First, let’s consider why prices have spiked up to $40/bbl. While it is possible that supply and demand have moved into balance, it is more likely that technical factors and market psychology have been responsible for much of the increase. There were few fundamental factors pushing the price of oil down to $26/bbl in the first place. Instead, it was the combination of a preponderance of bearish news (Iran production increases post-sanctions, lower demand from a weak Chinese economy, high U.S. oil inventories) accelerated by financial players piling on short trades, driving the market lower. When the news cycle shifted to a glimmer of hope (OPEC/Russia meetings on some kind of production freeze, the promise of higher demand as the U.S. shifts to driving season and summer gasoline blends), the shorts cashed out, and the crude oil price responded accordingly. Whether these factors have solely been responsible for the recent price increases, or whether real changes in the supply/demand balance have also been at work, won’t be known for weeks to come.
But if this is truly the start of an upward trend in crude oil prices, what should we consider meaningful? A price of $40/bbl is not it. At $40/bbl and with today’s drilling and completion costs, there are only a few spots in the major shale plays where it makes economic sense to drill and produce more oil. Those companies smart (or lucky) enough to have potential drilling locations in the sweet spots (locations where the most prolific wells can be drilled) can still drill and still make money. But across all the shale plays in the U.S., there are only about a dozen oil-dominant counties where those economics work. Everywhere else, producer returns for drilling and completing an oil well are in the red.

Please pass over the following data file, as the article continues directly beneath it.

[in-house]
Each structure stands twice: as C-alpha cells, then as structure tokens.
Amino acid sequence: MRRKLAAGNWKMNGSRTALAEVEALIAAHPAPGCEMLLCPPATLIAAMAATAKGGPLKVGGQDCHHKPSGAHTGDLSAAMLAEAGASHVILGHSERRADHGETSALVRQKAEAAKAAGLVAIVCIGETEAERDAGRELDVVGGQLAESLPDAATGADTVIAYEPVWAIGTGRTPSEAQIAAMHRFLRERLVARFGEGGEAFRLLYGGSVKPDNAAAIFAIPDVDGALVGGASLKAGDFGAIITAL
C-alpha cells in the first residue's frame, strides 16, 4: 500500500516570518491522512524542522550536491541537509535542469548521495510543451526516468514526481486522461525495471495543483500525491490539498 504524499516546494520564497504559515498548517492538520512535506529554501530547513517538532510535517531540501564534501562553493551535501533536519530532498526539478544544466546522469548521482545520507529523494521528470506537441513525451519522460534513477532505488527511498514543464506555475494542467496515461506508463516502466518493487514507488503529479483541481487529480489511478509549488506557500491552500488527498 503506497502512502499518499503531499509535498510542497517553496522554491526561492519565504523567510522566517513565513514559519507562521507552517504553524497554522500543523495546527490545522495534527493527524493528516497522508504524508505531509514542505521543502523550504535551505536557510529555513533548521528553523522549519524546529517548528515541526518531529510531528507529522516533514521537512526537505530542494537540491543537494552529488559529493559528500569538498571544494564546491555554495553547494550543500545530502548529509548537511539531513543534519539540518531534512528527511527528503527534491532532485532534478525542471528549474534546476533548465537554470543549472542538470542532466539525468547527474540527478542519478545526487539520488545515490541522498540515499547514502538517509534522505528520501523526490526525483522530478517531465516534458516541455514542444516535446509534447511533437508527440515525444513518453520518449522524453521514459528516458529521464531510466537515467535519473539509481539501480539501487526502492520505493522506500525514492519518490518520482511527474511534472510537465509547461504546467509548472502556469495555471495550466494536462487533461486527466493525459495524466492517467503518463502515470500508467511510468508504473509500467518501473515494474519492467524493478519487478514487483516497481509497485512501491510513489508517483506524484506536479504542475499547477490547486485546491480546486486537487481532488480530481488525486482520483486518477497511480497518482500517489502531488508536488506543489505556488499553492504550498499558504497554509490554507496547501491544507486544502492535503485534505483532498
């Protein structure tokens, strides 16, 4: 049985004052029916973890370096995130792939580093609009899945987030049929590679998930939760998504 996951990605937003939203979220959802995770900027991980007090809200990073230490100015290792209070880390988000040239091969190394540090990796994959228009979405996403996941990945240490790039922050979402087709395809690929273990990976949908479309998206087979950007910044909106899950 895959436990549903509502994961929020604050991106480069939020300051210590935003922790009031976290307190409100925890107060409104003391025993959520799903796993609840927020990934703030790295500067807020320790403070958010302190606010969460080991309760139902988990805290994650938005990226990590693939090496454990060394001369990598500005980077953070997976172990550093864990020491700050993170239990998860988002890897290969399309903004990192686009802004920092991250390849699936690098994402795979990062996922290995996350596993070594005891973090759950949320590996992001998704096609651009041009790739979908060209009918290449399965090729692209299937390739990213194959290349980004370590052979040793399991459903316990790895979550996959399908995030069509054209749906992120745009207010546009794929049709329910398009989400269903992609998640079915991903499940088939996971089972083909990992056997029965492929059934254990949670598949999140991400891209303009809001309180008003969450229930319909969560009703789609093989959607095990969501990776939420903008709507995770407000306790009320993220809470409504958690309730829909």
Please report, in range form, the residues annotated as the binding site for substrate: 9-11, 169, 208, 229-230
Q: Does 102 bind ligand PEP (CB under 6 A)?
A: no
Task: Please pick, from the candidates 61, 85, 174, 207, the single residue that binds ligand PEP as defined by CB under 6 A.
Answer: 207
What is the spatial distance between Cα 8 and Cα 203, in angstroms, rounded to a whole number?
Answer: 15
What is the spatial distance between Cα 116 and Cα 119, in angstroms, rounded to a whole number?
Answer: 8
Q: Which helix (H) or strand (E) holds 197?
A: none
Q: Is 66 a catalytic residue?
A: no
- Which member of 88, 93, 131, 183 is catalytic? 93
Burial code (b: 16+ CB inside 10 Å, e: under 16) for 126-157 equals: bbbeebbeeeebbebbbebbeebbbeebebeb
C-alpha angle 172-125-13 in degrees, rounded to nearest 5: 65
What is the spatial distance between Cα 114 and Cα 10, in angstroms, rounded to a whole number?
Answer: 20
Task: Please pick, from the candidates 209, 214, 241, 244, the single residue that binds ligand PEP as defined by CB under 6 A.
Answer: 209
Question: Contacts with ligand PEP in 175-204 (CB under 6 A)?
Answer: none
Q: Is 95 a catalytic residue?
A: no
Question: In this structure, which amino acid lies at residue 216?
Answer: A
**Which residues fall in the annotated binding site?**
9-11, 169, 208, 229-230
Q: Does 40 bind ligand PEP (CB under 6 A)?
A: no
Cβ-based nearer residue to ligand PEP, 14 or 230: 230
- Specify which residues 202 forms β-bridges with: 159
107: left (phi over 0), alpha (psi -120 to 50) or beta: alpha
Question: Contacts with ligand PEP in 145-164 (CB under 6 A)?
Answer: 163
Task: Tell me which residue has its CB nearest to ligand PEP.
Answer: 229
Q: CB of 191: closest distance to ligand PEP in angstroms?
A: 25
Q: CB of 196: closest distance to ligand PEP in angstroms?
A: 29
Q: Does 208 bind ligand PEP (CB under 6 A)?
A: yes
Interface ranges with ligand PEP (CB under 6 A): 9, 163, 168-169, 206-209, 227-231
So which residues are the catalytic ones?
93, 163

Thus to be meaningful, the price for crude oil must increase to a level where the economics for a larger number of potential wells are in the black. Furthermore, that price must be confirmed by the forward price of crude (the futures curve) and producers must believe that it will stay at that level for some time and, hopefully, continue to increase. If those conditions are met, it is likely we will see a meaningful response from many producers at a price above $55/bbl. Even though this is far below the $100/bbl price of the shale heydays, many producers can make this number work now because their service providers (drilling crews, frack crews, etc.) have reduced costs by 25-40%, the producers have become much more efficient in their operations, and many more drilling locations are economic at a price level of $55/bbl. Of course, for producers to jump back into the oil patch at that price requires bringing back a lot of workers no longer employed in the industry. And capital must be available to finance the drilling of wells. Determining how these two factors (hiring and finance) will impact the oil patch is a big question for the industry today. Particularly for the hiring issue, the longer prices stay down, the greater the problem becomes.
The other question we need to consider is – what do we deem to be a recovery? Certainly, the producing community would like prices to get back to the good ole days of eighteen months ago - $100/bbl, and then stay at that level for the next few decades. That is pretty unlikely. In fact, what is much more likely is that shale has fundamentally changed the oil market such that the word recovery is no longer relevant to the conversation. That is because oil prices are now range bound, locked into a bracket which is capped at the high end, and with a floor at the low end....MORE